Oh, and the inner pedant insists that it was only about four thousand sweaty legionaries, Legio XIII Gemina which was probably not at full strength šŸ˜‰

    • You’ve made me drag out ‘de bello civilis’, Jim.

      And you are probably right, although that document is depressing vague on the subject even glossing over the Rubicon moment. As it was illegal. Typical politician, eh?

      • From memory I’m not sure where the details of the legion come from, might be Suetonius or Plutarch, but yes, it was illegal for the politician to give the order and it was illegal for the men to obey it, so the minute they crossed, Alea iacta est

      • The legion is confirmed by Caesar in his memoirs, and also in Suetonius and plutonious.

        Oh, and Wikipedia…

      • I checked with wikipedia first, then when it did give a legion’s name I followed it up šŸ™‚

      • ‘The thirteenth legion were with caesar at ravenna. The other legions had been summoned from Gaul, but had not yet arrived.’ DE bello civilis’.

        Nothing like a it of source material..

      • Christian Meier starts his biography of Caesar with a description and discussion of the crossing of the Rubicon, as one of the salient events in his career, rather than trying to fit it in to the Chronological account. (Actually it’s a good read as biography goes.Even better for being picked up for Ā£2 in a charity shop šŸ˜‰ )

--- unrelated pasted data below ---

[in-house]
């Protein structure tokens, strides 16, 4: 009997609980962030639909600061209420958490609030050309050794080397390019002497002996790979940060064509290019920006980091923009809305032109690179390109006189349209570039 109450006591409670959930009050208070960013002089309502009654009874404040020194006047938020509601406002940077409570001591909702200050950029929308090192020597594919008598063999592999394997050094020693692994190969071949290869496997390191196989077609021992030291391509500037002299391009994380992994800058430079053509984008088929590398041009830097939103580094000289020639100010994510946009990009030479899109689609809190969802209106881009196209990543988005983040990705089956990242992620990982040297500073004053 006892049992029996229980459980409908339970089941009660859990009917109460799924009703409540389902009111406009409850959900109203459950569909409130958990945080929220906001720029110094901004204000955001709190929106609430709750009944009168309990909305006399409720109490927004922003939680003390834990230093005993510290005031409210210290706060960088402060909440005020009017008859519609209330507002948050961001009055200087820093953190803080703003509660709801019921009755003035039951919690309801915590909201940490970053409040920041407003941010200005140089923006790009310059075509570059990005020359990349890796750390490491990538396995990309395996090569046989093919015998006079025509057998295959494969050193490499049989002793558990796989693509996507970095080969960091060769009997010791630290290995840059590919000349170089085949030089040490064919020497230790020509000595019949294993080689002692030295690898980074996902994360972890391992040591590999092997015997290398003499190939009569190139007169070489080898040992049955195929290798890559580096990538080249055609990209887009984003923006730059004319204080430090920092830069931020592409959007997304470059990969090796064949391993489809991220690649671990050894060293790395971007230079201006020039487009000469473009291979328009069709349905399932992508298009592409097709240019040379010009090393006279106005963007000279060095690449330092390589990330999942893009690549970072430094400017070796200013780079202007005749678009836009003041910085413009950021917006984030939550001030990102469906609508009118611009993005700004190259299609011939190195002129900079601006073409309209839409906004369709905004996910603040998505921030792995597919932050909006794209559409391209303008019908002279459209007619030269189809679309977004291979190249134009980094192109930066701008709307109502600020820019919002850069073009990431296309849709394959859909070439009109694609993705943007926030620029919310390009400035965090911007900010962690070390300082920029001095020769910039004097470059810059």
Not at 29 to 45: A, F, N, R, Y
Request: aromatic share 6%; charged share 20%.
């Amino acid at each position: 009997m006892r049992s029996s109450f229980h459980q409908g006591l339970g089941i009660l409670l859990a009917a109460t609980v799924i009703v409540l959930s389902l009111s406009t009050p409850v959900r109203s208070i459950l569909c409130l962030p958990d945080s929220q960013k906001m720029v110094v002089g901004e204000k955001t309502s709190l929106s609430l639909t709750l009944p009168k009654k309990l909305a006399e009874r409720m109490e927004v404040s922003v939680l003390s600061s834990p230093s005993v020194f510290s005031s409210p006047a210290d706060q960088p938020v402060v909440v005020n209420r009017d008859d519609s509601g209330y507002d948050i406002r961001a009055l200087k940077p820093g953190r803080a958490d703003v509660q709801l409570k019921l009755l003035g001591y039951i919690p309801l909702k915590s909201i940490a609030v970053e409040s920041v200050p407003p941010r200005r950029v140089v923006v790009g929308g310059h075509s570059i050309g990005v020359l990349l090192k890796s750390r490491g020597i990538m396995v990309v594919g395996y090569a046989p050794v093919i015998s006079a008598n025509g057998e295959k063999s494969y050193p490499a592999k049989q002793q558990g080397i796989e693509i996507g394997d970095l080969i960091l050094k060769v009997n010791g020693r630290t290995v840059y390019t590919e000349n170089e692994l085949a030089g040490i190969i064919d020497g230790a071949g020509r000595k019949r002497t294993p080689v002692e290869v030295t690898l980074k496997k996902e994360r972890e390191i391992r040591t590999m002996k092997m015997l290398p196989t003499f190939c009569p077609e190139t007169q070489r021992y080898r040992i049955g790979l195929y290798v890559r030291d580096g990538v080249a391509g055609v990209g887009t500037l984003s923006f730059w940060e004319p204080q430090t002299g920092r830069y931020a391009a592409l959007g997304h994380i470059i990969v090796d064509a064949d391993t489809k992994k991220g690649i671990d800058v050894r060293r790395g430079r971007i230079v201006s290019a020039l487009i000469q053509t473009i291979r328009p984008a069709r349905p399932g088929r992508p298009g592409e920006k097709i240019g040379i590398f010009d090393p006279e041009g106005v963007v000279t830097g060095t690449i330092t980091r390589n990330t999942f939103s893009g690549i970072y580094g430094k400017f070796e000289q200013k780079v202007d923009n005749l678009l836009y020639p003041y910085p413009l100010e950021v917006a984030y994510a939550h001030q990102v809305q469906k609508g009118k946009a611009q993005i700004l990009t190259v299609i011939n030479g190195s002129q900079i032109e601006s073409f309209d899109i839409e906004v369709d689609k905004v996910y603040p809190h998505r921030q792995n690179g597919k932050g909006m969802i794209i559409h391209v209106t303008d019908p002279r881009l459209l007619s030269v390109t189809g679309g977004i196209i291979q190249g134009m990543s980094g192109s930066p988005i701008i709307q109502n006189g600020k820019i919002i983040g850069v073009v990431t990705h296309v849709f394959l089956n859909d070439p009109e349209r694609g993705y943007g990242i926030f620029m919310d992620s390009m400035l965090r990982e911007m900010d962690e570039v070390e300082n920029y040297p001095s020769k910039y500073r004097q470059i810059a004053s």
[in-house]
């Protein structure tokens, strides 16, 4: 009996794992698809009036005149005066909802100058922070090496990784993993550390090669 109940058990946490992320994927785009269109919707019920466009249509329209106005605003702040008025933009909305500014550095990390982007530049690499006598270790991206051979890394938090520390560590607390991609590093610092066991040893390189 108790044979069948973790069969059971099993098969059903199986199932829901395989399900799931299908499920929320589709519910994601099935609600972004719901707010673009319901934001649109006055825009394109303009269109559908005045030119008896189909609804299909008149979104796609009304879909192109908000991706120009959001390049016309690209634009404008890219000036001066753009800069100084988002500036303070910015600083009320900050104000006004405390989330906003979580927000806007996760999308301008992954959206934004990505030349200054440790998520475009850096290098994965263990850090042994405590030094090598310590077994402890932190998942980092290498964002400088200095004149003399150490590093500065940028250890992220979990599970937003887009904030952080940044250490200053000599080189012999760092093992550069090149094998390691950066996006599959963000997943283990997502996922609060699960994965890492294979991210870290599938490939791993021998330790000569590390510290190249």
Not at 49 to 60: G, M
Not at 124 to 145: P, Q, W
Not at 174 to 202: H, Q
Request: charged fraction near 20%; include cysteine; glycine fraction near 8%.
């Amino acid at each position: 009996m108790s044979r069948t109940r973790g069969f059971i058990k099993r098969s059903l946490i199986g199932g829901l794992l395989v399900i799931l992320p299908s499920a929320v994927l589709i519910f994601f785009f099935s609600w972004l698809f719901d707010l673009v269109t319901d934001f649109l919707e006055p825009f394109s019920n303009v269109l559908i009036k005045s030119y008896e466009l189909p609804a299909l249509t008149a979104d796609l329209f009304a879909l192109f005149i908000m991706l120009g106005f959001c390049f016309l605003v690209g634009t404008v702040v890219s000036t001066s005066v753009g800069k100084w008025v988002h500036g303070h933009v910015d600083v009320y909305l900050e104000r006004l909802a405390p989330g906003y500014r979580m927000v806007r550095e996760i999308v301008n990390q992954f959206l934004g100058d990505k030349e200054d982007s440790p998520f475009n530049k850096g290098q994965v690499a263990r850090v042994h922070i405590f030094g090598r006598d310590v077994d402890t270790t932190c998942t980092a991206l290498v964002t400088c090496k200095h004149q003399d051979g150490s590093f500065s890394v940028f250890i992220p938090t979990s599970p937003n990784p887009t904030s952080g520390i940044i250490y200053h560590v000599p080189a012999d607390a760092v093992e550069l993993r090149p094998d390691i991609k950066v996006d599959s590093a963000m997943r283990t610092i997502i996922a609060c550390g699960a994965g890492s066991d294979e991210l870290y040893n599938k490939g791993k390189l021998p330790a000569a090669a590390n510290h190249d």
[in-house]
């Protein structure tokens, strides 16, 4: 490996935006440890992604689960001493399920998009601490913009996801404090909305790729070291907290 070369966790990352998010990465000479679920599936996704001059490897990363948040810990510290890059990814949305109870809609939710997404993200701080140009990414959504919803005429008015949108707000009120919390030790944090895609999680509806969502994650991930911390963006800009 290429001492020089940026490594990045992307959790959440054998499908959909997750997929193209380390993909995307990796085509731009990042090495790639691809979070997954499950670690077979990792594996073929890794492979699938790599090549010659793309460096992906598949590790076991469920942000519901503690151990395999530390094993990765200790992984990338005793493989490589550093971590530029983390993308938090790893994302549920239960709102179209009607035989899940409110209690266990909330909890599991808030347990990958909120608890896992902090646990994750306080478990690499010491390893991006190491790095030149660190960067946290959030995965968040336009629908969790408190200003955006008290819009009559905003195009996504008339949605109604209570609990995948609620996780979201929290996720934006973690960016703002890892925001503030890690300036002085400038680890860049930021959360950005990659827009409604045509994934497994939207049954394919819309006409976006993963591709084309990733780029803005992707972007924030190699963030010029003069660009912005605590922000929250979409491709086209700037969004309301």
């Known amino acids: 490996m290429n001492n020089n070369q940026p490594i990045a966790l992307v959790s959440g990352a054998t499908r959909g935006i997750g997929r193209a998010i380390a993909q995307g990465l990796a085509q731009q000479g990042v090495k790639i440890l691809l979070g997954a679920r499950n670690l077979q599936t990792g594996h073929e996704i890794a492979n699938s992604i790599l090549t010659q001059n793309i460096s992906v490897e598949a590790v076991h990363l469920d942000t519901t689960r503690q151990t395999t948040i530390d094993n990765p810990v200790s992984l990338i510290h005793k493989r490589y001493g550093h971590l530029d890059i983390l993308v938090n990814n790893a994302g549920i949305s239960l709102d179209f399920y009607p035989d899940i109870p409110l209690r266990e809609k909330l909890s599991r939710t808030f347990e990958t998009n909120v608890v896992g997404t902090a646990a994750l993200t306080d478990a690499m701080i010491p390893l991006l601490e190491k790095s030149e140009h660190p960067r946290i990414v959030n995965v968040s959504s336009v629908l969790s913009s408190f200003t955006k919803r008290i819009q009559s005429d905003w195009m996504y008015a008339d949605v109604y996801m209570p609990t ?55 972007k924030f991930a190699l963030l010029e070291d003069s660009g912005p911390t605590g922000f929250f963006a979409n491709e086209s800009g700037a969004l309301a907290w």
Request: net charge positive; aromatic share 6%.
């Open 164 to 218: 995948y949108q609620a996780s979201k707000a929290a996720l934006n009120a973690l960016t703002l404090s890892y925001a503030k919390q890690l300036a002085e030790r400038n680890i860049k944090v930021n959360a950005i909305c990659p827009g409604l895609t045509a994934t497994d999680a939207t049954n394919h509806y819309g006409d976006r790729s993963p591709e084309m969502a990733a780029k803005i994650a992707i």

4. Gah. I’m going to have to boycott your posts in future if you keep doing this to me.

    By the way, dreamcatchers are meant to trap nightmares in the web but let good dreams through the hole in the centre … not that I bought one as a teenager or anything … and not that it’s still hanging up in my house … ahem.

    • Sorry about that. But at least Price is an acceptable song to have stuck in your head. If I tell you I have a couple of his on my ipod, will you keep it to yourself?

      It’s the nightmares that provide the best stories though.

    • And congrats to afe on winning the Kristell Ink Feline Flash Fiction competition.

      Next week’s blog title will have to be fiendish now!

  5. Lol, yes, dreams can really be quite freaky but wonderfully inspiring for the strange and bizarre! HUGE congrats to you Will and to AFE on the competition, that’s truly fantastic matey! I entered the comp too, and although I didn’t win any lovely prizes like you guys, they’re going to include my story along with yours in the printed book, so that’s great! šŸ˜€